It is no secret that C.S. Lewis wrote this series of books heavily influenced by his own Christian Faith. One begins to understand his theology and beliefs as you read through the entire collection. Aslan is the divine presence of the holy trinity. Aslan embodies this image of great divine power, that is tempered by the mortal’s relationship with the divine.
As Isaiah continues, in verses 5-7 we hear this recognition of the brokenness, and sin that the people have caused. It becomes apparent that there has been a time of deep reflection on the history of the people. While it would still be grand if God would break through in a great show of power, there is this recognition that the people have sinned. That the people had fallen away from their devotion to God. That the people turned away and neglected their relationship with the divine. And in doing so caused great suffering and brokenness to befall the people.
There comes this time as the people continue to await for all their prayers to be answered and their problems taken away, that they find themselves reflecting on how their own behavior and actions have made way for some of their problems and suffering. How their own actions have caused them to break their covenant with God. How they have not lived up to what the divine has asked of them, as they demand greatness from God.
Here is the thing about waiting. Even when I was a little I began making my list of wants early on. As soon as the catalog came with the Paper on Thanksgiving, I was looking through it and circling items. But as we made our way through Advent, my mind let go of all those grand desires, and instead allowed me to be happy with the surprise in opening those gifts that I hadn’t yet shook or gotten a sneak peak of prior to Christmas morning.
The time of anticipating what is yet to come, gives us the opportunity to sort out our priorities, to reflect upon our own lives, past, present, and future. The time of waiting tempers our expectations to be somewhat more realistic, while we also take up some of the responsibility as well. Even though I would often go through the Christmas catalog, knowing I was asking for these gifts from my parents, I would begin to remember and consider what I would be giving to my parents on Christmas morning.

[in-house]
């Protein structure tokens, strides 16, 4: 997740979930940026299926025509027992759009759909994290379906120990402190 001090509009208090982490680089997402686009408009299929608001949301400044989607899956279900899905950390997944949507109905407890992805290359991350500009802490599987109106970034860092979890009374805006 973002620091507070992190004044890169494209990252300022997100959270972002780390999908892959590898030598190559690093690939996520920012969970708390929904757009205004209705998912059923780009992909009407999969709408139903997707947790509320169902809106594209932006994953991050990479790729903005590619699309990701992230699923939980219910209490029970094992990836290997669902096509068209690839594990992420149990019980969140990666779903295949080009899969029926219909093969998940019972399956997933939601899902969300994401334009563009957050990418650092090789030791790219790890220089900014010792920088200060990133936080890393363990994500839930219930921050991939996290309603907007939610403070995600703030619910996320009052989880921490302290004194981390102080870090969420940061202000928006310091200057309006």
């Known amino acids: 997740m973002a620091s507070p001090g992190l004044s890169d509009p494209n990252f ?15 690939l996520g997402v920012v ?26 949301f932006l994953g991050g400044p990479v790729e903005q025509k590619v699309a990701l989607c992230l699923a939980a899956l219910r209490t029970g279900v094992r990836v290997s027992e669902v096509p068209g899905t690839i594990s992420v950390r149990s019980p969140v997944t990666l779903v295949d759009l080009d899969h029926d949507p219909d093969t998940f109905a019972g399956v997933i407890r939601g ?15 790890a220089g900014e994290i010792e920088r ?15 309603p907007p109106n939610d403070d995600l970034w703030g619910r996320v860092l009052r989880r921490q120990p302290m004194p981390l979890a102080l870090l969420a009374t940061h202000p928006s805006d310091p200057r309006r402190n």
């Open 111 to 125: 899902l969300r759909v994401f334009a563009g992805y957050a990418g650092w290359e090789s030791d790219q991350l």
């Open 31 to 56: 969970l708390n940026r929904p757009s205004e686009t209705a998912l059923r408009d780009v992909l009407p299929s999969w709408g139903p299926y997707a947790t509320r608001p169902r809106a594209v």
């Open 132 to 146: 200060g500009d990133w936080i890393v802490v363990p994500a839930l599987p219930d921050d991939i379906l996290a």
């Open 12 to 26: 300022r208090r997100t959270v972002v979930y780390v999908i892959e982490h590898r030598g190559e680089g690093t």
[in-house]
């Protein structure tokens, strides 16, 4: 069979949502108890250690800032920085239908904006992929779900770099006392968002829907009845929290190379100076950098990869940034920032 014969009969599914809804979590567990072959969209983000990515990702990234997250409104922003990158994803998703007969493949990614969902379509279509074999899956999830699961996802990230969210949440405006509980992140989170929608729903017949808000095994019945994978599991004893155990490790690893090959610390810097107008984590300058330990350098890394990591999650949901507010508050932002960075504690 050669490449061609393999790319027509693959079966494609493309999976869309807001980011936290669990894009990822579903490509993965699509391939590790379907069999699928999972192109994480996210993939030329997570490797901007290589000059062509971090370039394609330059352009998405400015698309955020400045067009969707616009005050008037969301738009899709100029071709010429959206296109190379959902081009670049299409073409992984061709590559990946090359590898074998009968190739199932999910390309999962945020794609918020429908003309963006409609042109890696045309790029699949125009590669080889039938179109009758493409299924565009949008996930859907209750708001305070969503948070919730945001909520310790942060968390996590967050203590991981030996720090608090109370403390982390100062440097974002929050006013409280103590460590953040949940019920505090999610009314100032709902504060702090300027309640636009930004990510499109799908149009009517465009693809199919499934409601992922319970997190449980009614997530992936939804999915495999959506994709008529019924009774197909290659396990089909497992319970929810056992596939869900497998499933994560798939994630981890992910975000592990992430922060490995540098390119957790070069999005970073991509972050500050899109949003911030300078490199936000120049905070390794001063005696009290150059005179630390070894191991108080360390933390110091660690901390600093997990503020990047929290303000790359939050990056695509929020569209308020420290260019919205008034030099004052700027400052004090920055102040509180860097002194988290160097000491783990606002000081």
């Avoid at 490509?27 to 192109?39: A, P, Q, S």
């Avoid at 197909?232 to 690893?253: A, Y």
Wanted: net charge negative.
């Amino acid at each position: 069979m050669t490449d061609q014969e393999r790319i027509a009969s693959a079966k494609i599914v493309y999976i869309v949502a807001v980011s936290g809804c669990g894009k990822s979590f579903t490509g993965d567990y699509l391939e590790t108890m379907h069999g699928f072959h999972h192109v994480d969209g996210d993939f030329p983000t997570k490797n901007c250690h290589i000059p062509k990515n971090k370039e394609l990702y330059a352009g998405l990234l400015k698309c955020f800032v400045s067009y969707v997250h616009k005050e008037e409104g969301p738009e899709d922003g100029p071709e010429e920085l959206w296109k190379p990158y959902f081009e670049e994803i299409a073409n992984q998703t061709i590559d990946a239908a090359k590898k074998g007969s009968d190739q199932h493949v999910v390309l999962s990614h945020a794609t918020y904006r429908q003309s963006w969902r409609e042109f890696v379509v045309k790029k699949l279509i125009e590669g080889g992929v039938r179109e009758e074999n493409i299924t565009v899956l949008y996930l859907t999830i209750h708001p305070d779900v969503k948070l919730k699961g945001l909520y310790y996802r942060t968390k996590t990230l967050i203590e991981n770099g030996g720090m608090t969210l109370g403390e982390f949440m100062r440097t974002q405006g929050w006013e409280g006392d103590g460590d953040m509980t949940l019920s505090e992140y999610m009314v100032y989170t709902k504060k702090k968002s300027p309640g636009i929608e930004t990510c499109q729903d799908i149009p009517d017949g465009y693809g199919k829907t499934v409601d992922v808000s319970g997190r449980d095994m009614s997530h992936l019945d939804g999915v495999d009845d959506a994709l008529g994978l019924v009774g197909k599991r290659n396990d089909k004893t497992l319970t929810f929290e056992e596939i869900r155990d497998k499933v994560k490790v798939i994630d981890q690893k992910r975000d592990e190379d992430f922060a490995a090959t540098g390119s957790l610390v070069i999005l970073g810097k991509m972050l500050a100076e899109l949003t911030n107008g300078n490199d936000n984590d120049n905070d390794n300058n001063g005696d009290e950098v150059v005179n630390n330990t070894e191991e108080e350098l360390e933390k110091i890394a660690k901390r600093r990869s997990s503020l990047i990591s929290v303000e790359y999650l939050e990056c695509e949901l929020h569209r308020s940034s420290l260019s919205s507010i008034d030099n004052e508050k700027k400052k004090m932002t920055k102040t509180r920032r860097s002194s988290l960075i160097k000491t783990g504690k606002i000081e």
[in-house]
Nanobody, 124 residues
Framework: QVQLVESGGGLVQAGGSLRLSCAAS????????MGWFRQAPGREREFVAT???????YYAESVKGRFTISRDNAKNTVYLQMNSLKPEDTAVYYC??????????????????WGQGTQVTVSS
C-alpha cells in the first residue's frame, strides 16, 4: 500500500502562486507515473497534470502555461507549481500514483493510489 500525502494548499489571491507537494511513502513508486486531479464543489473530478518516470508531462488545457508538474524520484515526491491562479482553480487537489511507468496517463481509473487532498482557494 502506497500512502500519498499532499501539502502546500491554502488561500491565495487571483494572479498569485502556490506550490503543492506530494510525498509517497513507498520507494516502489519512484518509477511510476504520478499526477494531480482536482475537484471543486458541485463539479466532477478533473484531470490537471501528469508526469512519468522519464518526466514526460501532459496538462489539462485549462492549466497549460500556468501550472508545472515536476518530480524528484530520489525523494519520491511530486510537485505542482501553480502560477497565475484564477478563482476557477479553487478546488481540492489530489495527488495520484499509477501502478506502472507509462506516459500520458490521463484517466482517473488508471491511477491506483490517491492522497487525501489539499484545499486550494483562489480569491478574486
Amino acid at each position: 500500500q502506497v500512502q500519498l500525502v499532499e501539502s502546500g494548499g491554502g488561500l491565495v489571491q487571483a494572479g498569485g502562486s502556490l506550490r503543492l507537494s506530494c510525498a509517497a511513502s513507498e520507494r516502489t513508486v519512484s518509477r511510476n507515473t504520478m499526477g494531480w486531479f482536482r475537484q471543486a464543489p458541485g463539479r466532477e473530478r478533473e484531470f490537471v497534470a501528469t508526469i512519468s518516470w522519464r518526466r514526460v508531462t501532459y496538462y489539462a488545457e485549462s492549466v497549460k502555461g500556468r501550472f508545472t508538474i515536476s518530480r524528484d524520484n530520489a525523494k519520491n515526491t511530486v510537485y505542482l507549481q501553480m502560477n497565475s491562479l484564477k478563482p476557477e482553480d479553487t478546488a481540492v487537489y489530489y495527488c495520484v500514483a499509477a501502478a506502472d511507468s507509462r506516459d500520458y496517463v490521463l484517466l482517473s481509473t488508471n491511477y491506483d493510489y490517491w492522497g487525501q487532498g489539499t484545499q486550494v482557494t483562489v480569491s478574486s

In the final verses of today’s reading, we hear the author remember the people’s relationship with the divine. “Yet, O Lord, you are our father; we are the clay, and you are our potter; we are all the works of your hand. Do not be exceedingly angry, O Lord, and do not remember our iniquity forever. Now consider, we are all your people.”
We have this remembrance of the people’s connection with the divine. Their father, their creator, the one that has brought them into being, and asking that God not remember their brokenness forever. Hoping for forgiveness, hoping that their relationship may yet be healed and brought back to what it once was. Hoping for a way forward as the people of God.
In this season of waiting. Waiting for this pandemic to be over. Waiting for things to return to “normal.” Waiting for the birth of the Christ child. Waiting, waiting, waiting. In this season, let us temper our grand expectations, while we also reflect on our responsibilities to other and to the divine. Let us reflect on mending those relationships that we have let dwindle, and heal that which separates us from the divine.